Efficacy of Repentance – Part II

God is now quickening the earth after its spiritual death; the time is ripe for the arrival of he Messiah; God’s promise would be fulfilled.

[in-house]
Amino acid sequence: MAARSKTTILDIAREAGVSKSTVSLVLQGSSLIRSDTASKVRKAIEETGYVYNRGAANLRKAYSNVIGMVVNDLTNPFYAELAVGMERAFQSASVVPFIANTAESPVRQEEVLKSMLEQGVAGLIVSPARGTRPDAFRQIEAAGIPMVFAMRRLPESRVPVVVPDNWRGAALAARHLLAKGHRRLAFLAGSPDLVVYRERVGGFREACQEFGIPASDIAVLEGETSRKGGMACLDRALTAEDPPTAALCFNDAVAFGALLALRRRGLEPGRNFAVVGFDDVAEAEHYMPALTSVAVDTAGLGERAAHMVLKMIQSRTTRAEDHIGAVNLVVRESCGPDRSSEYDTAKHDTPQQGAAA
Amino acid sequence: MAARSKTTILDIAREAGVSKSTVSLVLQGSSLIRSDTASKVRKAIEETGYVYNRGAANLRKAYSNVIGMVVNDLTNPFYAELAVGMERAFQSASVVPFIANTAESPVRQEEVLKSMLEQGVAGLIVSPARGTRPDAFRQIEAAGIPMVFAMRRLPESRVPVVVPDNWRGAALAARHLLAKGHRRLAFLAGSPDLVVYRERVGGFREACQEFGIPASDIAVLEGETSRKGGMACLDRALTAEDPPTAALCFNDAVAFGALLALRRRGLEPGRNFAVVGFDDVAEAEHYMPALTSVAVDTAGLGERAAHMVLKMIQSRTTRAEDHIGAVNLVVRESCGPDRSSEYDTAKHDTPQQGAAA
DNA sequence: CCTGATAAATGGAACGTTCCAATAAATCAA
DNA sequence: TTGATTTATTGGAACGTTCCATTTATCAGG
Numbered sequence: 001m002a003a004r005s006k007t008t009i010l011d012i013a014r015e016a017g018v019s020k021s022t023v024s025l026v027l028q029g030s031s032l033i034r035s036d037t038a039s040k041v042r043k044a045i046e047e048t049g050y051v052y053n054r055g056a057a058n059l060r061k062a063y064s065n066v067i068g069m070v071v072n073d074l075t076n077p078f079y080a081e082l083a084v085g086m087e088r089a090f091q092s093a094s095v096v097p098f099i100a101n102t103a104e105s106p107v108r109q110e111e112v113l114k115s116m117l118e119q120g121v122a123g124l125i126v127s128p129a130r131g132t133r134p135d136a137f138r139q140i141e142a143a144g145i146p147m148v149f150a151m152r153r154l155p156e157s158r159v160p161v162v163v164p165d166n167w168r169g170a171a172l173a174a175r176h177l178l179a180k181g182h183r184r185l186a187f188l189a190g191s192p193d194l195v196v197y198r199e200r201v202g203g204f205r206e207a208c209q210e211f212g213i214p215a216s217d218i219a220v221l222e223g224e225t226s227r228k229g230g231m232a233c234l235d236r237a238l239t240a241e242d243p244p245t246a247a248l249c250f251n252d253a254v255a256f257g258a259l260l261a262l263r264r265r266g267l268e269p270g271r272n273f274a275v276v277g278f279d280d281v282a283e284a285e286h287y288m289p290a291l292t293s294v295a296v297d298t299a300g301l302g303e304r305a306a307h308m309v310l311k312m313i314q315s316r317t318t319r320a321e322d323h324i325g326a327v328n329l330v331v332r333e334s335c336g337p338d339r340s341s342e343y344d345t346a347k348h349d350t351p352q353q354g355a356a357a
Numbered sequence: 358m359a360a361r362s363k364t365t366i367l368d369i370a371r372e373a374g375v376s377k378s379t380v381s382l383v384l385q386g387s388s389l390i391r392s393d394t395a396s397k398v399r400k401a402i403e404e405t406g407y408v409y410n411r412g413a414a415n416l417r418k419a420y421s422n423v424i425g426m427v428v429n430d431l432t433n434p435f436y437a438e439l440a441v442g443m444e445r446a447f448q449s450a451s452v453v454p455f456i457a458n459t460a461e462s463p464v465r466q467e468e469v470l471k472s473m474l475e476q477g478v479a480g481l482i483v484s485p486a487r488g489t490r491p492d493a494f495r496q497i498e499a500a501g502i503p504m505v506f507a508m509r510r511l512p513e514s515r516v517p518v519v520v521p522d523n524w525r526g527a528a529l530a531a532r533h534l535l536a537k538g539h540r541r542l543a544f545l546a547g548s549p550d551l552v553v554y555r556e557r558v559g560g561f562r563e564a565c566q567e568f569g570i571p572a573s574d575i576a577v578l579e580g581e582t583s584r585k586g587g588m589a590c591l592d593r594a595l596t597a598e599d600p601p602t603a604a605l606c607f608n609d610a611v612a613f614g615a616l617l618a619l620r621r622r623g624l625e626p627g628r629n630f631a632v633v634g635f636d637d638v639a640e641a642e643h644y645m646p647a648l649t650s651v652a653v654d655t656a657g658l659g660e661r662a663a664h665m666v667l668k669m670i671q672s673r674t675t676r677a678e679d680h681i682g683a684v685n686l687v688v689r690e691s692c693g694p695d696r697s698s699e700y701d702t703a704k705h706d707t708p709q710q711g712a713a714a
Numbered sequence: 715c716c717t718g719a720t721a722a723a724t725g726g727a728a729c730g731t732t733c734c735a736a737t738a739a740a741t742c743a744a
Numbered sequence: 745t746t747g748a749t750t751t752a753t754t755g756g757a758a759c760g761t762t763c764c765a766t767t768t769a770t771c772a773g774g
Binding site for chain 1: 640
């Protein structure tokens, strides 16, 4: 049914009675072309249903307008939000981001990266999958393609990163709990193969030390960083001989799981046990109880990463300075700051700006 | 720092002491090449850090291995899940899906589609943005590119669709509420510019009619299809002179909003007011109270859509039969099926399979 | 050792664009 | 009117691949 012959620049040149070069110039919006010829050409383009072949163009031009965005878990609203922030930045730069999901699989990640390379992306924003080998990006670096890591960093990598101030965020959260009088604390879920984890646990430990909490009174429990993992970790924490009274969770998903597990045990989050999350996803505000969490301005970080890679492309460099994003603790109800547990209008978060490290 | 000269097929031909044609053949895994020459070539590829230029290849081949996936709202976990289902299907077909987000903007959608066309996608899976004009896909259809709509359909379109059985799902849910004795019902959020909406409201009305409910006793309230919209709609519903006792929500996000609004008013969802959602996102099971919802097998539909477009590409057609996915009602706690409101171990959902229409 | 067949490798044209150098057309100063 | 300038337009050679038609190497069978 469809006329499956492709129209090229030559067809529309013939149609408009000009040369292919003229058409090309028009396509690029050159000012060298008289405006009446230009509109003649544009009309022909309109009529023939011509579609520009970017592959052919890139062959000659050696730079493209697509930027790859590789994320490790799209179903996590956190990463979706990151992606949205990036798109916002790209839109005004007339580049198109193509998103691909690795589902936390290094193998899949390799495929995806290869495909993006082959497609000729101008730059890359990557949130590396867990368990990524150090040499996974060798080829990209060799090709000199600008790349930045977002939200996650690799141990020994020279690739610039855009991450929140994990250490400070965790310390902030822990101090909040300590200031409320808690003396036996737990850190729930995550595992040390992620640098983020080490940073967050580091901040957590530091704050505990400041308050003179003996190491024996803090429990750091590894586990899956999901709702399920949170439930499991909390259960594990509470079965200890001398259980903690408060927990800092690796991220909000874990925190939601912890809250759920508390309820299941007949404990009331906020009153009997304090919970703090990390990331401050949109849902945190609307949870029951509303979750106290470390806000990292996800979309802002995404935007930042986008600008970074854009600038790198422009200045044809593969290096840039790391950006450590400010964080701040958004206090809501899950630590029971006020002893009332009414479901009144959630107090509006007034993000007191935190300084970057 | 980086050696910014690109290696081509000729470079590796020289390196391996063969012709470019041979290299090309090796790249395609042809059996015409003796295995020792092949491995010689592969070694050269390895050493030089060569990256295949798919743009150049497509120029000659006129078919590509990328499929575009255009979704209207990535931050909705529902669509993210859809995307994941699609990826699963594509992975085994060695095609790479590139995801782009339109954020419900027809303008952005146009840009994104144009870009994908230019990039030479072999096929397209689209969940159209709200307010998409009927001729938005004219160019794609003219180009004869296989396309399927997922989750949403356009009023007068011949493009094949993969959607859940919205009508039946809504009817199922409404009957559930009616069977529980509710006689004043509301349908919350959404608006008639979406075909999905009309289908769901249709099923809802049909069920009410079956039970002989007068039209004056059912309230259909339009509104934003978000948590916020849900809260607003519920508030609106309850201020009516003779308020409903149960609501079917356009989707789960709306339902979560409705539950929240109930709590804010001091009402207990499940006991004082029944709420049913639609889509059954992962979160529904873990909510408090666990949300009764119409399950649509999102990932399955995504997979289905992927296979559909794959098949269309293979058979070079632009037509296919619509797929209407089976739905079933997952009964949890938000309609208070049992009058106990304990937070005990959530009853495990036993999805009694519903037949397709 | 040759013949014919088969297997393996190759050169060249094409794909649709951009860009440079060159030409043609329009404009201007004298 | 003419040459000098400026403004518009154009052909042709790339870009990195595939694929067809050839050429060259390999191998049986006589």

In this paper I will try to sketch an outline of Islam’s political history and how the glorious faith preached by the Holy P r o p h e t( s a ) spread out of the confines of Arabia to the farthest corners of the world. I will try to give an outline political history of present day Muslim countries. It will necessarily be a very short sketch but I hope it will give some idea of what power Islam once was-and God willing, will once again be, through Ahmadiyyat. Islamic history may conveniently be divided into five periods: (1) The first period may be called the Arab Period. This comprises the times of (a) the first four Caliphs of Islam; (b) the Umayyads at Damascus; (c) and the Abbasids at Baghdad. This period runs from 632 CE (Christian Era) to 950 CE, approximately 300 years. During this period the centralism of Islam was intact. The Caliph was both the spiritual and the temporal head. Next followed around 100 years of divided principalities when the C a l i p h ’s temporal power was reduced to nothing, and it appeared as if Islam’s political hegemony would be gone forever. 5The Review of Religions – August 2003 History of Islam by the late Professor Abdus Salam (Nobel Laureate) The following paper was read at one of the weekly meetings at the London Mosque in 1947 by Professor Dr. Abdus Salam, who was later awarded the Nobel Prize for Physics in 1979. He was then a student at Cambridge doing his three year Tripos course. In this partly revised paper, originally published in the June 1983 issue of the Muslim Herald, he presented an overview of the political history of Islam. This article may be of great interest to those who are unfamiliar with this history, especially given recent events in the Middle East. (2) Around 1050 a new people appeared on the scene-the Seljuqs. They accepted Islam and under them the centralism of Islam was restored. The Caliph in Baghdad was now the spiritual head of most Muslims, while political power was in the hands mainly of priests of Tu r k i s h origin. (3) The third period begins with the Mongol attack on Islamic countries-when Baghdad was sacked and the Caliphate extinguished. But 50 years later, the Mongols themselves had accepted Islam. This period (including that of Ti m u r l a n e ) extended until 1500 CE. (4) From 1500 we enter the fourth period, that of Safavis in Persia and Osmani Turks in Turkey and Mughals in India. (5) Finally, the fifth period is the one from 1700 CE till today, when European powers also began playing their sinister part in the history of Islam. If history has a moral, then the only moral I wish to draw from Islamic history is that the religion of Islam has won its greatest victories when the arms and might of Islam were at their lowest. With this introduction we shall now go on to a detailed consideration of the periods I have mentioned. The Arab Period At the time of the death of the Holy Prophet of Islam, peace be on him, in 632, practically the whole of Arabia had accepted Islam. Under his first duly elected Successor, the first Caliph, Abu Bakr, the power of Islam was consolidated in Arabia. But it was during the time of the second Successor, Hadhrat Umar, that Islam spread outside Arabia and won its victories. The Byzantines and the Persians both thought Arabia belonged to them and construing the rise of Islam as a rebellion against them they hastened to march to chastise the Arabs. A handful of Muslim 6 History of Islam The Review of Religions – August 2003 armies faced numbers, in some cases, ten times larger. But the fiery zeal of faith swept all before it. Damascus fell to the Muslim armies in 635, Yarmuk in 636 and with it Syria. Persian armies were defeated at Qadisiya in 637 and Egypt was conquered in 640. But the reign of Caliph Umar was memorable not only on account of its military glory. It was in his reign that for the first time in world history the principle was recognised that the state was responsible for the material welfare of all its citizens. The saying with which he began his caliphate is unique: ‘By Allah, he that is weakest among you shall be in my sight the strongest for I shall vindicate for him his rights, but him that is strongest will I treat as the weakest until he complies with the laws.’ After Umar came Hadhrat Uthman and Hadhrat Ali. After Ali, the principle of electing the Caliph died out. Muawiyya, who succeeded Ali in 661 as Caliph, made caliphate hereditary and thus the Umayyad dynasty began. During the reign of Muawiyya’s son, Yazid, the battle of Kerbala took place in 680 CE. Hadhrat A l i ’s son, Hadhrat Hussain, declined to pay homage to a Caliph who had not been elected in a Shura. He was martyred on the plains of Kerbala. Among the Umayyads, Caliph Wa l i d ’s reign was the most glorious. During his reign in 711 CE, a handful of Muslims under Tariq crossed over into Spain. In a few years they had overrun it with irresistible force and for the next 500 years the bulk of Spain was a Muslim country. During this period Muhammad bin Qasim invaded India and conquered Sind and Multan. The Umayyads lost power in 750 CE, and were succeeded by the Abbasids, who though Sunnis in faith came to power with the help of Khurasani Shias. They transferred their seat of government from Damascus to Baghdad. The most glorious 7 History of Islam The Review of Religions – August 2003 reign among the Abbasids was doubtless that of Harun-al Rashid, the hero of the celebrated Arabian Nights, and his son Mamoon. Islamic learning and the prosperity of the Muslim countries were at a pitch that had never been reached before. Around a hundred years after H a r u n ’s death, the power of the Abbasid Caliphs began to wane. In Khurasan, Samanids took over p o w e r, in Fars Buyids, in Africa the Fatmids and in Arabia the Carmathians. All these dynasties acknowledged (except the Fatmids) the sovereignty of the Caliph in name but the disintegration of Islamic polity was so complete that it appeared that Islam was politically d o o m e d . The Seljuqs During this period when the empire of the Caliphate had vanished, a new people accepted Islam. The Turkish Seljuqs accepted Islam; they bred a generation of Muslim warriors to whom more than anything else, the Crusaders owed their failure to conquer Islamic lands. The first Seljuq Sultan was Tu g h r a l who died in 1063. His brilliant son Alp Arslan followed him. This period was of unequalled prosperity and security. It also produced the greatest Muslim statesman of all times, Nizam-ul- Mulk. The Abbasid Caliph still held sway over Baghdad but he relegated all temporal power to the Seljuq Sultans. The Seljuq kingdom extended from the borders of Afghanistan to the ends of the Arabian peninsula. Except for Egypt and Spain, the entire Muslim world was united. Never after that period has it been united again, in a like manner. Alp Arsalan was succeeded by his son Malik Shah. His period was the heyday of learning and original research in mathematics and sciences. In 1074 an observatory was founded where the celebrated Umar Khayyam worked. The Jalali calendar was instituted which in the judgement of modern scholars is more accurate than the Gregorian calendar.The Nizamia University in Baghdad was founded. This 8 History of Islam The Review of Religions – August 2003 university had the honour of having one of its chairs being occupied by the celebrated Muslim scholar AI-Ghazali. The Seljuq power began declining towards the end of the twelfth century. But even in its decline, it had enough vitality to repulse the Crusaders. The great Saladin of Scott’s novels flourished about 1175. It is curious that the attitude towards the Crusaders was entirely d i fferent in the Christian countries and in the Muslim lands. While in the West the Crusades were proclaimed as Holy War and the whole military might of Europe was behind them, in Muslim countries they were considered as a local affair and local depredations, which the governors of the provinces concerned could effectively deal with. In 1171, after the decisive battle of Hattin when Saladin sent several Frank prisoners to the Caliph Alhasir at Baghdad, the booty included a bronze iron inlaid with wood of the true cross. It was duly buried near Baghdad. In the later part of Seljuq period, the Ismailis (commonly known as the Assassins) gained strength in the land of Islam. Though they held absolute sway over only a few forts, their political power through their ability to assassinate the leaders of Islam was great. By the beginning of the thirteenth century the Seljuq power had declined. Some other Islamic dynasties may have taken their place but by about 1220 there occurred one of the greatest eruptions in the history of the w o r l d . The Mongols The nomadic tribes of Central Asia-the Mongols-swarmed over the whole civilised world in both Europe and Asia under Genghiz Khan. Like an avalanche, they swept all before them. Around 1260 it appeared that Islam’s political power had disappeared for good. Baghdad had been razed to the ground, the Caliphate obliterated the lands of Islam, Persia, Transoxonia, and Iraq laid waste. But then once 9 History of Islam The Review of Religions – August 2003 again a miracle happened. The religion of the conquered, conquered the conquerors. Why the Mongols rose like that, nobody has finally ascertained. In its suddenness, its devastating destruction, its appalling ferocity, its passionless and purposeless c r u e l t y, its irresistible though short-lived violence, the Mongol episode resembles rather some brute cataclysm of blind forces of nature than a phenomenon of human history. Around 1220 they fell on the lands of Islam and Europe. In Europe they sacked Moscow, Rostov, Kiev and Cracow. Their second wave in 1258 under Halgu obliterated Baghdad and the Islamic caliphate. It seemed they came, merely to kill and to ruin. One by one all the Muslim countries fell before their onslaught. If they spared the inhabitants of a town, which surrendered, it was either to profit by their skill or to employ them against their countrymen. Dozens of wretched captives accompanied the advancing hordes, erected the tents of the besieger, to be driven afterwards to the breaches effected in the walls, to fill moat and trench with their bodies; and were finally, if they still escaped death, put to sword, to give place to a new batch of victims drawn from fresh conquests. Their cruelty was calculated to strike with a paralysis of terror those whom they proposed next to attack while they left behind the smoldering ruins and demolished houses. The extent of terror they aroused can be gauged from the following quotation from Ibn ul Athir (written in 1230): ‘I have heard that one of the them took a man captive but had not with him any weapon wherewith to kill him and he said to his prisoner: Lay your head on the ground and do not move and he did so and the Tartar went and fetched his sword and slew him therewith.’ They professed no religion but their destruction of the centres of Islamic civilisation advanced 10 History of Islam The Review of Religions – August 2003 them so much in the favour of the Pope, that His Holiness was pleased to write to Ogtai Khan and others letters with his own signature. The Pope only realised their perfidy when their hordes began devastating the Christian lands with equal impartiality. The destruction of Baghdad as the metropolis of Islam was thorough. The murder of the Caliph struck a fatal blow at the semblance of unity, which had subsisted among the nation of Islam. The sack of Baghdad lasted a week while 80,000 people were put to death. The loss suffered by Muslim towns, which never again reached their previous level, defies description and almost surpasses imagination. Not only were thousands of priceless books annihilated, the very tradition of accurate scholarship and learning was destroyed. In spite of all this they could not kill the religion of Islam. They themselves fell victims to it. In 1275 the Mongol rulers had accepted Islam. Thereafter those very Mongols were Islam’s greatest champions. The political history of the next 200 years consists of the rule of Muslim Mongol princes in Persia till about 1350 CE, while Osmani Turks established themselves in Asia Minor, and Egypt was ruled by the descendants of Saladin. After 1350 CE another Central Asian conqueror, Ti m u r l a n e , arose. He professed Islam but he had no other motive except world conquest and world domination. He swept over Persia, India, Afghanistan, parts of Russia and some parts of China like Genghiz Khan before him. His most notable victory ever was over Bayazid 1, Sultan of Turkey in 1402. It checked for a while the progress of Osmani Turks. But his influence proved ephemeral. His successors ruled over Central Asia and Persia for no more than a 100 years when the Safavis supplanted them. It would not be out of place to stop here and take some stock of Muslim religious thought during this dark period. 11 History of Islam The Review of Religions – August 2003 We came across some of the greatest Sufi names in this period. The first is that of Shah Shams Tibriz. His disciple, Maulana Jalaluddin Rumi, wrote his Mathnawi around 1260 CE. The author describes his work in the Mathnawi as ‘The Roots of the Roots of the religion and discovery of the Mysteries of Reunion and some knowledge.’ The Sufi movement had its heyday in the thirteenth century. Sheikh Muhiyyud Din ibn-Arabi, the greatest name in medieval Islam, a native of Andalusia, went to live in Damascus and died there in 1240. In the literary sphere Saadi and Hafiz belong to this period. The Safavis and Osmani Turks Now we start with the fourth period of our history the period starting around 1500 CE when with Shah Ismail Safavi, a Shia d y n a s t y, seized power in Iran. This was the first time that a Shia dynasty had come to power in Iran. This had a profound eff e c t on the course of future history of I s l a m . The Islamic world was divided into two antagonistic camps: a Shiite Iran, parts of Afghanistan and Iraq on the one hand and the Osmani Turkish Empire comprising Turkey, parts of Iraq, Arabia, Syria, Egypt and Algiers. Spain by now had passed out of Muslim hands. In India, ruled the descendants of Ti m u r l a n e – t h e Great Moghuls. From 1500 to 1700 we witness these absolute autocracies: the Moghuls in India, with Akbar, J e h a n g i r, Shah Jehan and Aurangzeb, Safavis in Iran with Shah Abbas; while Mohammad II, Selim 1 and Sulaiman the Magnificent in Turkey. India was a great power in the Moghul days. For Persia this was the golden period of her prosperity and well being, while the Turks ruled the biggest empire they ever had. Thus while Selim 1 conquered Egypt, Syria and Hedjaz and assumed the title of Caliph, Sulaiman the Magnificent, who ruled from 1510-1566, 12 History of Islam The Review of Religions – August 2003 conquered Belgrade and parts of Poland. Vienna was besieged by Turkish armies while Tu r k e y possessed the strongest fleet in the world. The Turkish Empire extended from the frontiers of Germany to the Persian border. Although during this period the centralism of Islam had disappeared, politically the Muslim world was at its zenith. As a contemporary European historian wrote ‘Except for his war with Persia, there is nothing that can keep the Tu r k annihilating us in Europe.’ I shall not dwell on this period, but will trace the main events after 1700. After 1700 Turkish power in Europe held intact till about 1800. But the Moghul Empire in India had begun disintegrating and during the course of the next two centuries was gradually supplanted by British supremacy. The Safavis in Persia lost their hold on the country and in 1727 the Afghans conquered Persia. The Afghans were Sunnis and bitterly hated the Shiite Persians. This was the first time after Sultan Mahmud (around 1000 CE) that the Afghans asserted themselves as an independent power. They were soon however driven out of Persia by Nadir Shah, who rising from humble beginnings, ultimately seized power and ruled over Persia. His career of conquests was as amazing as that of Timurlane or Napoleon. To finish with Persian history, after Nadir Shah, his family lost power and the Qajars took their place. They ruled over Persia effectively till the revolution of 1906, when the Persians won for themselves the constitution. The Qajars were supplanted by Reza Shah Pahlvi in 1925. Reza Shah as you all know abdicated in favour of his son who is the present Shah (1947 Ed.). Concerning Turkish history, after 1700, an important element was the rise of Russia. Wars with Russia started about 1700. The Turkish army was victorious in the beginning. In 1710 Peter the 13 History of Islam The Review of Religions – August 2003 Great’s army was menaced with total destruction. But around 1770 Turkish fortunes began to wane. Crimea got her independence from Turkey in 1788. France, the traditional ally of Tu r k e y, broke with Tu r k e y when Napoleon occupied Egypt in 1798. Egypt under Muhammad Ali went out of the Turkish orbit and became quasi independent. Later Egyptian history and Great Britain’s role in it is familiar to you all so 1 will not go into its details. Around the same time Algiers was captured from the Turks by the French. The Greeks won their independence around 1820 with the help of European powers. The Turkish caliphate went on losing ground till power was seized from the Caliph by the Young Turks in 1910. Turkey entered the war of 1914 on the side of Germany and lost all her European and Asiatic possessions. The Arab countries became independent of Turkish rule after this war. The Stage in 1947 Before concluding, I will com- ment on all the Muslim countries one by one and summarise their histories-each from their national point of view, starting from the extreme east. PAKISTAN: Muslims came to Sind and Multan in the eighth century. However Muslim sway in the sub-continent began in earnest in the twelfth century. For 400 years India was ruled by various Afghan dynasties. They were succeeded by the Moghuls in 1526. The Moghul power passed after 200 years to the British who left India in 1947 when Pakistan was born. AFGHANISTAN: Afghanistan was a part of Umayyad and Abbasid empires. It first acquired a separate existence around 1000 CE when Ghaznavi (who had the capital at Ghazni in Afghanistan) dynasty ruled over it. After that Afghanistan shared the fate of Persia, all through its chequered h i s t o r y. It was no more than a 14 History of Islam The Review of Religions – August 2003 province, sometimes that of Muslim Indian Empire, sometimes of Persian. In 1725, however, Afghanistan became independent. In the nineteenth century the Afghan clashed with the British but the British could never make any headway in conquering Afghanistan. Since then it has existed as an independent power. PERSIA: Persia was a part of Umayyads and Abbasid empires. It was under the Seljuqs in the eleventh and the twelfth centuries. For about 100 years Mongol princes ruled over it, which from 1350 till 1500 Ti m u r, and his descendants held sway. From 1500 to 1700 Safavis were the rulers followed in the nineteenth century by the Qajars. CENTRAL ASIA: Transoxonia formed part of Persia till the eighteenth century when the Russians slowly expanded south. In the nineteenth century they conquered Bokhara and Samarqand. IRAQ AND SYRIA: Syria (including Palestine which throughout Muslim history formed part of Syria) and Arabia shared the fate of Persia till 1500 CE. After that they formed parts of Osmani Turkish empire. These nations became independent during the war of 1914. After the war, the British defected from their promises to grant Iraq its independence. Syria was parcelled out to the French, Iraq and Transjordan were made British protectorates. It was only after the war of 1939 that Syria and Transjordan gained their independence. TURKEY: First conquered for Islam by the Abbasids. Osmani Turks took it in 1288; Constantinople was taken in 1453 by Mohammad I. Turkey rose to greater power but there was decline in the nineteenth century. During the 1914 war, alliance with Germany cost Turkey all its possessions. EGYPT: Ruled by the Umayyads till 750 then by Fatmids till 1170, then by 15 History of Islam The Review of Religions – August 2003 Mamluks till 1500 when Selim, the Turkish Balkan, conquered it and incorporated it into the Turkish Empire. It won independence in the nineteenth c e n t u r y, lost it again to the British, and has won it again very recently. SPAIN: Spain was taken by the Muslims in 710. Ruled by the Umayyads. Never submitted to Abbasids; this Arab Muslim power finished about 1400 – Muslims were either expelled or made to reconvert to Christianity. I have not covered in this quick survey, Malaysia, Indonesia or Africa. I have said before that at the lowest ebb of Islamic political power, Islam’s religious vitality has displayed itself again and again. Islam’s political might reached its nadir towards the end of the nineteenth century when within Islam rose the Ahmadiyya Movement. Hadhrat Ahmad, the Promised Messiah and Mahdi, was raised at Qadian in 1889 and through him Islam will be regenerated spiritually and politically, Inshallah. 16 History of Islam The Review of Religions – August 2003 PLEASE NOTE: In this journal, for the information of non-Muslim readers, ‘(sa)’ or ‘sa’ after the words, ‘Holy Prophet’, or the name ‘Muhammad’, are used. They stand for ‘Salallahu alaihi wassalam’ meaning ‘Peace and Blessings of Allah be upon him’. Likewise, the letters ‘(as)’ or ‘as’ after the name of all other p rophets is an abbre v i a t i o n meaning ‘Peace be upon him’ derived from Alaihi salato wassalam’ for the respect a Muslim reader utters. Also ru or (ru) for Rahemahullahu Ta’ala means the Mercy of Allah the Exalted be upon him